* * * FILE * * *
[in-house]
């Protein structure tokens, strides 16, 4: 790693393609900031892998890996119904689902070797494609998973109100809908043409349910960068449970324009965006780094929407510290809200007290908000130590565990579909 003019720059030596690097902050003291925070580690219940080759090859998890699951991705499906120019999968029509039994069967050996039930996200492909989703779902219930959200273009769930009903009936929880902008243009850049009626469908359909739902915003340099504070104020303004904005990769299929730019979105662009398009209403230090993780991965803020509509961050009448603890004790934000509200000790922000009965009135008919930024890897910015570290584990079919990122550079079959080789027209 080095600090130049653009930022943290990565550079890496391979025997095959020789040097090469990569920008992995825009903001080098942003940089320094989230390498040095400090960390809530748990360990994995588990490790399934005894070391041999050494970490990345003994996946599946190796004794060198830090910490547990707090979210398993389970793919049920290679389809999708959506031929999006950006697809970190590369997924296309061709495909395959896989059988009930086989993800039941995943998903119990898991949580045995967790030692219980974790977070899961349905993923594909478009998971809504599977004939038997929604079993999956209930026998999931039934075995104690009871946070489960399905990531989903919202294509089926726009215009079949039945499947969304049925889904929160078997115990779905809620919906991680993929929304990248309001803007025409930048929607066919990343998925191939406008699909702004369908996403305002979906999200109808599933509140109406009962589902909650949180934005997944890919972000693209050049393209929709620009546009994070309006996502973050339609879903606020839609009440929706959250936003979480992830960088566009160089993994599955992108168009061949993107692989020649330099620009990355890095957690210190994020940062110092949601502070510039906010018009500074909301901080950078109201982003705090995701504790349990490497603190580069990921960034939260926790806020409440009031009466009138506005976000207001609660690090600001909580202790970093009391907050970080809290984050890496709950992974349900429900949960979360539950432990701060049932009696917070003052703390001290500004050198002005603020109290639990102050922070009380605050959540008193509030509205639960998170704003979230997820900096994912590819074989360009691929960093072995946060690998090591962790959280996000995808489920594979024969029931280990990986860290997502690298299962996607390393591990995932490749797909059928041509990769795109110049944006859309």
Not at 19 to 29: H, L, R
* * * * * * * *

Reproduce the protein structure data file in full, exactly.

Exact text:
[in-house]
């Protein structure tokens, strides 16, 4: 790693393609900031892998890996119904689902070797494609998973109100809908043409349910960068449970324009965006780094929407510290809200007290908000130590565990579909 003019720059030596690097902050003291925070580690219940080759090859998890699951991705499906120019999968029509039994069967050996039930996200492909989703779902219930959200273009769930009903009936929880902008243009850049009626469908359909739902915003340099504070104020303004904005990769299929730019979105662009398009209403230090993780991965803020509509961050009448603890004790934000509200000790922000009965009135008919930024890897910015570290584990079919990122550079079959080789027209 080095600090130049653009930022943290990565550079890496391979025997095959020789040097090469990569920008992995825009903001080098942003940089320094989230390498040095400090960390809530748990360990994995588990490790399934005894070391041999050494970490990345003994996946599946190796004794060198830090910490547990707090979210398993389970793919049920290679389809999708959506031929999006950006697809970190590369997924296309061709495909395959896989059988009930086989993800039941995943998903119990898991949580045995967790030692219980974790977070899961349905993923594909478009998971809504599977004939038997929604079993999956209930026998999931039934075995104690009871946070489960399905990531989903919202294509089926726009215009079949039945499947969304049925889904929160078997115990779905809620919906991680993929929304990248309001803007025409930048929607066919990343998925191939406008699909702004369908996403305002979906999200109808599933509140109406009962589902909650949180934005997944890919972000693209050049393209929709620009546009994070309006996502973050339609879903606020839609009440929706959250936003979480992830960088566009160089993994599955992108168009061949993107692989020649330099620009990355890095957690210190994020940062110092949601502070510039906010018009500074909301901080950078109201982003705090995701504790349990490497603190580069990921960034939260926790806020409440009031009466009138506005976000207001609660690090600001909580202790970093009391907050970080809290984050890496709950992974349900429900949960979360539950432990701060049932009696917070003052703390001290500004050198002005603020109290639990102050922070009380605050959540008193509030509205639960998170704003979230997820900096994912590819074989360009691929960093072995946060690998090591962790959280996000995808489920594979024969029931280990990986860290997502690298299962996607390393591990995932490749797909059928041509990769795109110049944006859309």
Not at 19 to 29: H, L, R